I’ve never been to the White Hart in Wymondham before, but it has a grand frontage and was once the town’s main coaching inn.
Within the building, the heritage of its time as a coaching inn is evident, I hadn’t expected such impressive interiors. The building was constructed in the early seventeenth century, likely after the fire which devastated much of the town in 1616. Originally, the above wall was the back of the wooden structure, but it was expanded backwards in the eighteenth century and that’s when the frontage was redone.
The White Hart has been a licensed premises for four centuries or so, but for reasons that must have made sense to someone, it was renamed to the Heart of Wymondham for a few years. Irrelevant as my view is, that’s an awful name for such a historic pub and bizarre to make it sound like a cross between a nightclub and a radio station. Fortunately, the pub has been renamed back to the White Hart and normality has resumed.
There were people in this room, so I didn’t take a photo inside, but this is the pub’s Masonic Hall from when there was a lodge held here. That’s another impressive interior though, this is a quite glorious pub in terms of its history. But, going back a little to my visit. I noted other reviews of how good the pub’s one-way system was, although I was entirely confused where I was supposed to go to order. It seems the answer is that you hover near the bar, but I suspect there’s table service when it’s busier. It only occurred to me after leaving that the pub isn’t operating track and trace, or at least, I wasn’t asked. Sometimes systems have to be idiot-proof as otherwise I get confused by them.
The staff member was friendly and helpful though, there was a welcoming atmosphere about the pub. It has new owners and from what I heard from others there’s a focus on the food which is being served here, and they certainly have a delightful environment for diners. The beer selection wasn’t marvellous, just Doom Bar and I don’t think any craft beer, but it was well-kept and these are challenging times in terms of customer numbers. The food menu does that strange thing of offering a separate option for senior citizens without mentioning whether it’s also available for those just with smaller appetites. Not that having a smaller appetite much impacts on me, but I’ve heard so many people over the years want to order from such menus but not feeling they’d be allowed to.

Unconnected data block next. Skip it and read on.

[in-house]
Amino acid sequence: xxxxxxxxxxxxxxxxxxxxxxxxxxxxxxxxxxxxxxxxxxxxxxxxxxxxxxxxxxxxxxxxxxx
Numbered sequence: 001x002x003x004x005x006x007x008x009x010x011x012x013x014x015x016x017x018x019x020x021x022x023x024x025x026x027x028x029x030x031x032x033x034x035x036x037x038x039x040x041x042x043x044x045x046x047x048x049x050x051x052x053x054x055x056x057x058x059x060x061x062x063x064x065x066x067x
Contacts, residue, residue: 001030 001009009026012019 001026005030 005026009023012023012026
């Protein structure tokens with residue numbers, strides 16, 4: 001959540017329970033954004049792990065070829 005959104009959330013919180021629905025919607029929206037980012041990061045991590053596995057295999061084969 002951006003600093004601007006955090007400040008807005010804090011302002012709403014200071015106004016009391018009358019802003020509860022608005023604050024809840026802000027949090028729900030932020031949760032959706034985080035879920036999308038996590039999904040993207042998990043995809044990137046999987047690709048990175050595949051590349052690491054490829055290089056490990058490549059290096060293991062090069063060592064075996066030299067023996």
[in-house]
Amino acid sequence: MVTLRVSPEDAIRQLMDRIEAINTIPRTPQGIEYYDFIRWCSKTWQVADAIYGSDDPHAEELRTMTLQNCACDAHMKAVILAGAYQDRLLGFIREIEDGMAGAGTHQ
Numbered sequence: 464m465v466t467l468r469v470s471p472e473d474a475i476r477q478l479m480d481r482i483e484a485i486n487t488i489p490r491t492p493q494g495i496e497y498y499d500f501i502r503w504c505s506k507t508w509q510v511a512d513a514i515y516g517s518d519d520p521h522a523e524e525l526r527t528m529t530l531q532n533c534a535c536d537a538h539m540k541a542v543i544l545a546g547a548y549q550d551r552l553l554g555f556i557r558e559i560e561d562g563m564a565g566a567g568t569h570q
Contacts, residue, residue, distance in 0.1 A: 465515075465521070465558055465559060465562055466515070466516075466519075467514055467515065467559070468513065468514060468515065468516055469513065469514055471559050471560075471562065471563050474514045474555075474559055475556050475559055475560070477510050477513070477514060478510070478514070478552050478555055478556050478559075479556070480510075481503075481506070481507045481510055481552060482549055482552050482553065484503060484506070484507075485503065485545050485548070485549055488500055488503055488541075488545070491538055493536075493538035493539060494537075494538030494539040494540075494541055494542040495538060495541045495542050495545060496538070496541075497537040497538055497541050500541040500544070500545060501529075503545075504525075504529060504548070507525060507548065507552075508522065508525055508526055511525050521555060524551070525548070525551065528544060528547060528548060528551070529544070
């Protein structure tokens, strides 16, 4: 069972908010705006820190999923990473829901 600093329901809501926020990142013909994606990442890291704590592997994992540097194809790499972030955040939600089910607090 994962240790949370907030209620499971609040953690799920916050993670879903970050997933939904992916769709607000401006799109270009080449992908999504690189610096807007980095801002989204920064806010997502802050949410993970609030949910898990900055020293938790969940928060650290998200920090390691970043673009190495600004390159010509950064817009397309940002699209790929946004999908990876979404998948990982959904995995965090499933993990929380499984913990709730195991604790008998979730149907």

Another interior as I sat inside, primarily as I wasn’t entirely sure if they had any seats outside and I didn’t want to get caught up in the pub’s one-way system. Although I like indoors to be fair, there are fewer wasps and bees. Looking back at historic newspapers, there have been hundreds of different meetings held here over the centuries, this was once a pub that was very much at the centre of the community and the new owners seem keen to restore that ethos. The pub’s web-site makes nearly nothing of the building’s history, which is a moderate shame, although I wonder whether that’s a limitation of EI’s (Enterprise Inns) technology.
Anyway, it’s marvellous that this pub is still trading, so much heritage packed into this building and a relaxed, friendly and calm environment. If the number of real ales or craft beers were increased with some more exotic options, this would very likely be a pub that should be listed in the Good Beer Guide.